Discoveries from the Deep
The sighting of the eye and the widespread speculation it has sparked demonstrates an innate fascination that many people have for the sea. The find also reveals the lack of knowledge we have about the marine environment. Regularly, new species are being recorded and their behaviours observed for the first time. What is more, unexpected finds often make the media headlines. When a group of local fishermen hauled in a large and unusual fish off the coast of South Africa in 1938, biologists were shocked to note its anatomical similarities to fossil animals that were thought to have gone extinct during the Cretaceous period. This discovery of the primitive lobe-finned fish, known as a coelacanth, launched a quest for other specimens, and is often described as one of the great biological discoveries of the 20th century. More recently, yet less well-known, a strange circular structure was found on some water-logged wood off the coast of New Zealand in 1986. After observation, the life form was classified as an entirely new class of echinoderms (spiny-skinned animals that include starfish, sea urchins and sea cucumbers). Two years later in the Caribbean, another species of this class, now known as the Concentricycloidea, was also discovered.
Every time a deep sea submersible ventures to the ocean depths, new animals and even new ecosystems are found. Many sponges, jellyfish, molluscs, crustaceans and fish have been described from the abyss over the past decades. Yet probably the most astonishing find was in 1977, when a submersible discovered the first hydrothermal vents in the Galápagos Rift, along the East Pacific Rise. Unlike other environments, hydrothermal vents are ecosystems that thrive in conditions totally devoid of light. No plants can survive in the permanent darkness and so there is no photosynthesis to manufacture sugars. Rather, chemosynthetic bacteria derive energy by processing hydrogen sulphide and other sulphur-compounds released from hot, mineral-laden plumes that bellow from volcanic vents on the sea floor. The bacteria form the crux of an entire ecosystem, which includes worms, shrimps, crabs and fish.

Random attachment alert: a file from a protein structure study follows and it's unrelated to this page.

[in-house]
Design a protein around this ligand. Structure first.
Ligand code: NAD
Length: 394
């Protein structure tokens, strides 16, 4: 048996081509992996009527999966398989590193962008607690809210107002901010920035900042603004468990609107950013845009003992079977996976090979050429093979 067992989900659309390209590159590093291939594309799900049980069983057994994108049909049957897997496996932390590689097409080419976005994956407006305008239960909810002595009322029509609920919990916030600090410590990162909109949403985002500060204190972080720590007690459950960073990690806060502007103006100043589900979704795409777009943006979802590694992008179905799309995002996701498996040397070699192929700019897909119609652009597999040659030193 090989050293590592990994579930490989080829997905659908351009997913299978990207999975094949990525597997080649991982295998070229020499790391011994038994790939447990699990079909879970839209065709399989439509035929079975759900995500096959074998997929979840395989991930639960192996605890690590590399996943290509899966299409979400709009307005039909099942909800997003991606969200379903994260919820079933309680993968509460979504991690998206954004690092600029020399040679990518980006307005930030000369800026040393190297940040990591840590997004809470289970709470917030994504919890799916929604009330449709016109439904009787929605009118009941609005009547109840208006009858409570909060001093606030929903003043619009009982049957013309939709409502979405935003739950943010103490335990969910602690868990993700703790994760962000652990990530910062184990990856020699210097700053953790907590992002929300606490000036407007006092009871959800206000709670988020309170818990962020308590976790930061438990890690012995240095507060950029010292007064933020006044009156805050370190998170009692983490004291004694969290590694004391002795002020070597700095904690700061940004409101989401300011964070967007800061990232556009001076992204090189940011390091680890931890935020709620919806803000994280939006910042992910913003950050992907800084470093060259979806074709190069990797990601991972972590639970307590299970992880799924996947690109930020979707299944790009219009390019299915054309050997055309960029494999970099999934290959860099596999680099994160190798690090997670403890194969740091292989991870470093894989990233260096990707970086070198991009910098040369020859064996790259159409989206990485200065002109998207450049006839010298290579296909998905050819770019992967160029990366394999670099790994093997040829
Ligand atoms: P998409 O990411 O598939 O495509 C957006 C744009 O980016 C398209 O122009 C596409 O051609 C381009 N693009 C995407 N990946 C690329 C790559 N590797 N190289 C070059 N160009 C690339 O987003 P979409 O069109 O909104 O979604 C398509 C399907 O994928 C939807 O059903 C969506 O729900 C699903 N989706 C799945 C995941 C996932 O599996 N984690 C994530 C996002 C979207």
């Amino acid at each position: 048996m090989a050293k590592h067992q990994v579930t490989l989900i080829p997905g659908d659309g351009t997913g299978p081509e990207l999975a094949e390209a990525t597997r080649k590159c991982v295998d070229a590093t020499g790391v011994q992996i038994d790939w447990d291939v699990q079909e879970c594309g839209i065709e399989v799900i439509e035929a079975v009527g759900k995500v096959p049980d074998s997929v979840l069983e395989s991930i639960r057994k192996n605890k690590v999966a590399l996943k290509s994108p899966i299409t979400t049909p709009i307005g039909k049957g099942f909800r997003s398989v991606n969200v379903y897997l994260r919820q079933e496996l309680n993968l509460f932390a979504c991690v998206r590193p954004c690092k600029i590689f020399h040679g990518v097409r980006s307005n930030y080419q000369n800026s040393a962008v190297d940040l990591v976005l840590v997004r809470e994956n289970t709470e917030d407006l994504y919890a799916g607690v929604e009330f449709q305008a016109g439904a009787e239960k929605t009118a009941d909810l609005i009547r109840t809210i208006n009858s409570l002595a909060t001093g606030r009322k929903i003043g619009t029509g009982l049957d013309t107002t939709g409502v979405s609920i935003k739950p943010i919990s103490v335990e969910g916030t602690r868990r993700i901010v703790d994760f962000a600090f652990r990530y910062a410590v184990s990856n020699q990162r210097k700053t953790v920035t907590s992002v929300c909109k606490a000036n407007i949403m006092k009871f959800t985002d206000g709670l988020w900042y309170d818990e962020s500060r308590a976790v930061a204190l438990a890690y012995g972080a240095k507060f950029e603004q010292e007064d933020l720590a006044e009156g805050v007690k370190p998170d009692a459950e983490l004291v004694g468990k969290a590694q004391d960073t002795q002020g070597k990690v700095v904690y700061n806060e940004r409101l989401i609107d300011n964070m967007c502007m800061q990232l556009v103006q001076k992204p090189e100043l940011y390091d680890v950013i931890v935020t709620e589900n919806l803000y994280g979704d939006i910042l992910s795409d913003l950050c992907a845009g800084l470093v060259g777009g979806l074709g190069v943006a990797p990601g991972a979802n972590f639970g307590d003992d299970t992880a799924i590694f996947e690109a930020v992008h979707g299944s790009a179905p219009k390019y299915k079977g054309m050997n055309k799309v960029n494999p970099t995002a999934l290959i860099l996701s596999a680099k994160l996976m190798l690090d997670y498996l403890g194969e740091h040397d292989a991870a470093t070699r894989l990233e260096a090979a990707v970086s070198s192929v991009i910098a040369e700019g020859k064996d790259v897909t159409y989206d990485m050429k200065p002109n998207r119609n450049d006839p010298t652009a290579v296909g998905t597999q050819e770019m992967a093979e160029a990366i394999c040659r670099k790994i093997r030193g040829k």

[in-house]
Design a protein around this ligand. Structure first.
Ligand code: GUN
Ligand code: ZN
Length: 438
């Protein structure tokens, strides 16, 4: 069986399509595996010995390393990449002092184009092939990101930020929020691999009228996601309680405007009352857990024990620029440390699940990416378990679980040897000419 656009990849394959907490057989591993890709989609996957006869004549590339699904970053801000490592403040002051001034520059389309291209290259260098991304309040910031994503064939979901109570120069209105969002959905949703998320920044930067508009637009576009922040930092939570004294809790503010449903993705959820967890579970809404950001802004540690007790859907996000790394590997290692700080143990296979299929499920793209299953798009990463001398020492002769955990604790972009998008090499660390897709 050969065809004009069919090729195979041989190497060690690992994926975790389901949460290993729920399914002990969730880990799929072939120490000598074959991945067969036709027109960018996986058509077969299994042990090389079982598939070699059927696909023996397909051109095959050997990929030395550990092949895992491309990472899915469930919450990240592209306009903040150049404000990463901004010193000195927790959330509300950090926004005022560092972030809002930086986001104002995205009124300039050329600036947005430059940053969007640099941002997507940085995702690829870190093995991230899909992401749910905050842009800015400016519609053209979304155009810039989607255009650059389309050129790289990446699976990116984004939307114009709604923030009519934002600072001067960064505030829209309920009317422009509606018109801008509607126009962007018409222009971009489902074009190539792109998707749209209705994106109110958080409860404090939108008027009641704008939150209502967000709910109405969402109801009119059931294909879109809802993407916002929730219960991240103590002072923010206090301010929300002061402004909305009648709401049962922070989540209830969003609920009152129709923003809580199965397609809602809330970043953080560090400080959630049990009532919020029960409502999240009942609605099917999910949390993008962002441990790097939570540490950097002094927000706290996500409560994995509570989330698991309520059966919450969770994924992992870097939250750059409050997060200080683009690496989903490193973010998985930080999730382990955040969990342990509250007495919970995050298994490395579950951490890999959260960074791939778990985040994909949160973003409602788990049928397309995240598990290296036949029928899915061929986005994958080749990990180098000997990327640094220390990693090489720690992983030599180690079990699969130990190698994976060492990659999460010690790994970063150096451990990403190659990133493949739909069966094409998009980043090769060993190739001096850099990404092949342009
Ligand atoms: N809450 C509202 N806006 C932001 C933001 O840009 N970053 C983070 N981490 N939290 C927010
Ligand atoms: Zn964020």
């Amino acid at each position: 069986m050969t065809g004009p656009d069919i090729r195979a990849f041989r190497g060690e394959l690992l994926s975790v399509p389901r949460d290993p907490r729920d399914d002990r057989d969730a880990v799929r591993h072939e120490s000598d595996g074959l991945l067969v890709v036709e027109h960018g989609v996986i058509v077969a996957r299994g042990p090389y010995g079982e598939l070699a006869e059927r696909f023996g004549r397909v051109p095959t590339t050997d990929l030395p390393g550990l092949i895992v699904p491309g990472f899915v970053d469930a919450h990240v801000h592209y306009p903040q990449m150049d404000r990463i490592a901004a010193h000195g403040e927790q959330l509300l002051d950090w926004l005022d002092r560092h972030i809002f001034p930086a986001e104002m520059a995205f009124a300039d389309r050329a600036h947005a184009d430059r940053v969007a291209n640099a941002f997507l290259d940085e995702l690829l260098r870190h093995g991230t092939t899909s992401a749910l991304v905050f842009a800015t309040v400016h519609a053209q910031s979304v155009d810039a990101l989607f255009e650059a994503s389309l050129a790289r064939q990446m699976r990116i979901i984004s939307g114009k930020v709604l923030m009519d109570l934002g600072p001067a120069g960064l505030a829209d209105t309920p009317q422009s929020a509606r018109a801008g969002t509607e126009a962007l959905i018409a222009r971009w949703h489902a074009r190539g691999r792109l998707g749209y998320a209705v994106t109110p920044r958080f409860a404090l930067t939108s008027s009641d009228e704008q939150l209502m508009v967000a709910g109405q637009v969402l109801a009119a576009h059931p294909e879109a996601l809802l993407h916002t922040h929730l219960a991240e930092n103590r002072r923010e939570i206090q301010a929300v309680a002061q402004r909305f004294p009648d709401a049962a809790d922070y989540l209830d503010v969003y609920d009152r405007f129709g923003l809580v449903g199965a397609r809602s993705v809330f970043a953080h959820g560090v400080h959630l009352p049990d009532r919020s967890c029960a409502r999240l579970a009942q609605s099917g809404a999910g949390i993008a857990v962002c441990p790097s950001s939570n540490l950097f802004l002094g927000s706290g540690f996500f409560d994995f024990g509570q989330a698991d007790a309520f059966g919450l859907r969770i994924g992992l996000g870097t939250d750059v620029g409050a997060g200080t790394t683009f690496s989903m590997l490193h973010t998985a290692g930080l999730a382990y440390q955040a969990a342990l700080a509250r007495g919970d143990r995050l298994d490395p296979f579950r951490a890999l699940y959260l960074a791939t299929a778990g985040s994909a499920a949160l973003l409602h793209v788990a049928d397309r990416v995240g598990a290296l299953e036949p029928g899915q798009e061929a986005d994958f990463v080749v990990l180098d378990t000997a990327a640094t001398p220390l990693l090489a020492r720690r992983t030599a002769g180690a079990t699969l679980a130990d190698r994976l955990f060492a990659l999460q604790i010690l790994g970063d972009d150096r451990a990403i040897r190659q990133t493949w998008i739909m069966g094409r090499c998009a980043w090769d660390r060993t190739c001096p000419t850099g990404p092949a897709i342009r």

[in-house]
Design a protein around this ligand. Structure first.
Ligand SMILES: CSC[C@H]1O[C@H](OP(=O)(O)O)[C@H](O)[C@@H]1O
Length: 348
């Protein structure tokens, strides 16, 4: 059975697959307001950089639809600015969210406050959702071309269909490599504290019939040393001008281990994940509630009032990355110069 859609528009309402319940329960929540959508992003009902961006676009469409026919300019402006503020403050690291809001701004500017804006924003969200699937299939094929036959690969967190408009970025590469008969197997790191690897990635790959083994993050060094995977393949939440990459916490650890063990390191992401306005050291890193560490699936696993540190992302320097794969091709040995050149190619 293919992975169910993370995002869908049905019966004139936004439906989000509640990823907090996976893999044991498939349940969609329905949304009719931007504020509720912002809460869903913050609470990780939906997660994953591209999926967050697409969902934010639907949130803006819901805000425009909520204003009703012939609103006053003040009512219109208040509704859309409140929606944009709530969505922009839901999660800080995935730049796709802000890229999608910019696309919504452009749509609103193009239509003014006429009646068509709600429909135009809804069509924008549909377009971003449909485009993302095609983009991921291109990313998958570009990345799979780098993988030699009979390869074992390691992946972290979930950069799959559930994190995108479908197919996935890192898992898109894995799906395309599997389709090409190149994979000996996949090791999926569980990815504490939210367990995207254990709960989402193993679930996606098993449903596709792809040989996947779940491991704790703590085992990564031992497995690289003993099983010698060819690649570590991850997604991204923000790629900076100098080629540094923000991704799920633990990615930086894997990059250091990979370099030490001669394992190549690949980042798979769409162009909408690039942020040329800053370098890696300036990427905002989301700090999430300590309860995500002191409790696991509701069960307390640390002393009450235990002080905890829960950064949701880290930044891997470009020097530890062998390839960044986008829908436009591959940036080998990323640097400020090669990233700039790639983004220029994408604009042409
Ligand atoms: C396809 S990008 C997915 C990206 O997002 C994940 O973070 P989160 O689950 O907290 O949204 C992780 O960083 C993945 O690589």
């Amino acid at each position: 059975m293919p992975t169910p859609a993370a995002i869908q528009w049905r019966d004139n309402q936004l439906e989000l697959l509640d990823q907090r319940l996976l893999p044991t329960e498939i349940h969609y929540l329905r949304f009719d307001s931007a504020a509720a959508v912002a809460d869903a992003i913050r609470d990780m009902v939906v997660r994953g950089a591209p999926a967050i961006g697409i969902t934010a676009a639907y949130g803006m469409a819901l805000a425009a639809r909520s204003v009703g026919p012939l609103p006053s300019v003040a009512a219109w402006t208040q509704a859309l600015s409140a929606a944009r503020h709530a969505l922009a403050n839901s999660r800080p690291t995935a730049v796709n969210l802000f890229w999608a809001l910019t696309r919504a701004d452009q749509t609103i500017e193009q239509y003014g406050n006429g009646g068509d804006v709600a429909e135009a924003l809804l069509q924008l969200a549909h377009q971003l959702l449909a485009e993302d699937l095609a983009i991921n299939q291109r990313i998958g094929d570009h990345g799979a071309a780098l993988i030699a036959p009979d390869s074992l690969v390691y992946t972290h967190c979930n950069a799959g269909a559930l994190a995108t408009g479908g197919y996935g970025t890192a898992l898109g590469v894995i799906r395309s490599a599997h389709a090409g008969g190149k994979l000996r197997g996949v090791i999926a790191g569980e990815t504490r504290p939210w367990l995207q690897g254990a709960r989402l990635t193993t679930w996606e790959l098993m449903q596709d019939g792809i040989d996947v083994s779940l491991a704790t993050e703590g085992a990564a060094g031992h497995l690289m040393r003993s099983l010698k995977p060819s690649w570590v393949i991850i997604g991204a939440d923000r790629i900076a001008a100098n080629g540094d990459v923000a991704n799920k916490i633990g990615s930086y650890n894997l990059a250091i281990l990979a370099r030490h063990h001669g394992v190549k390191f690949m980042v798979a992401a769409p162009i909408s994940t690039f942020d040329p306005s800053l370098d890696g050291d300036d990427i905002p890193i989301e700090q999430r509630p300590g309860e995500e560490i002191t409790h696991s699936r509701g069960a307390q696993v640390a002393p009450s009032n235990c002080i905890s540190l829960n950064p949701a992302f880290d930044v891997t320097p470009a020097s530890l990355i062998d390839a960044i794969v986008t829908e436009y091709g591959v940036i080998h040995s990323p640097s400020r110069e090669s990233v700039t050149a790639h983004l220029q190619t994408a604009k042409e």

A Lack of Understanding
These discoveries highlight the importance of not only preserving the oceans but also funding marine research. Little is known about many coastal regions, and almost nothing is known about the open oceans and their deep, inky depths. Not only is this research fascinating, as proven by the popularity of the Floridian eyeball mystery; the research also reveals more about the origins of marine organisms, and the potential medicinal properties some of these animals contain. It is known the some corals can help with bone grafting and tumour treatment and that horseshoe crab blood can help identify the presence of bacteria in medical samples. Just like the tropical rainforests are a living medical cabinet, the marine environment is also a pharmaceutical treasure-trove; and yet both environments are largely undiscovered and under threat. The popularity of the eyeball demonstrates a general intrigue in marine life; let’s hope this unusual find, along with other future discoveries strewn across the tideline, also invites marine research funding and protection.